By Tricia Reardon

Perhaps it was a sliding doors moment when Amanda, as an elite track athlete in Brisbane in 2007/8 met a young American Rotary Ambassadorial Scholar and agreed to accompany him to several Rotary events prior his return to California. She’d never heard of Rotary up to that point. Fast-forward to 2018 and Amanda, as a member of the Rotary International Communications Committee, was invited by RI President Barry Rassin to address International Assembly in San Diego on how to attract, engage and activate millennials. Seated in the front row was the American Ambassadorial Scholar who had first introduced her to Rotary.

But that is exactly what happens in Rotary … people connect and build life-long friendships. And it is this that Amanda has enjoyed so much about her Rotary journey. While she only joined in 2010 – not a long time some would consider given what’s ahead for her in 2022-23 – Amanda has amassed an incredible depth of experiences at club, district and even international levels. Her Rotary CV reads a little like her career CV, but then that’s not surprising, as there has been a common thread running through both. Communication, connection, trust and relevance weave through all she does.

This article won’t go into her successful Rotary and career experience, (readers can click here to read about that), but rather the vision that Amanda is forming for her role as District Governor 2022-23. As the youngest Governor for District 9800, it’s not surprising that one key focus will be on attracting younger people to Rotary. “They love causes, but want flexibility,” advises Amanda. “Giving them easy hands-on projects where they can see an immediate impact is what will attract them and expose them to Rotary.” The weekly Secondbite food collection at Prahran Market, championed by Bob Glindemann, is a standout example of such a project.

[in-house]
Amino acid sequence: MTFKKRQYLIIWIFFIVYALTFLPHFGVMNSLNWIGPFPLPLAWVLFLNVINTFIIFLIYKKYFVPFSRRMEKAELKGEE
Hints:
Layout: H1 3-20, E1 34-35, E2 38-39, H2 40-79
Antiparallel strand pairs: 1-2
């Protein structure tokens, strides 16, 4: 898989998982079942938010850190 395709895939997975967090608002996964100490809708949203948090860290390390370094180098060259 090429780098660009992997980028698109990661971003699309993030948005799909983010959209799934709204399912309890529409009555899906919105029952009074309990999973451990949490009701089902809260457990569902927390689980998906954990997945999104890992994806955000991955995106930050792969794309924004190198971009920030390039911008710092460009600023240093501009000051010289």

Added to this, Amanda is keen to encourage the idea of satellite clubs, ensuring the sponsoring club remains healthy and thriving, but providing flexibility of Rotary involvement for differing demographics, like Southbank’s CEO and Millennial Satellite Clubs.

Amanda’s final focus will be on how we can do fund raising to bring in the general public. She cites the example of the work Sue Foley has done with the Celtic Festival where 80% of participants were non-Rotarians. The publicity this gave Rotary, Australian Rotary Health and ‘Lift the Lid’ is where Amanda sees great opportunity. She is interested to see what else can be done at District level to encourage this type of activity, as well as collaboration between cluster groups to stage these events and hands-on projects. Encouraging clubs to think beyond their own club boundaries is something she feels is important so that Rotarians are able to see the broader Rotary world and possibilities to do good.  

Amanda will do things differently as Governor. She will still be working full-time whilst also committing to Rotary. She has observed the efficiencies that can be achieved through technology and strong lines of communication and collaboration. She hopes this will encourage others to see that it is possible to take up Rotary leadership roles despite having busy lives.

Given all she has achieved so far, there is no doubting that DGN Amanda Wendt will bring a blend of energy and new thinking to the Governor’s role, while paying genuine homage to all who have gone before.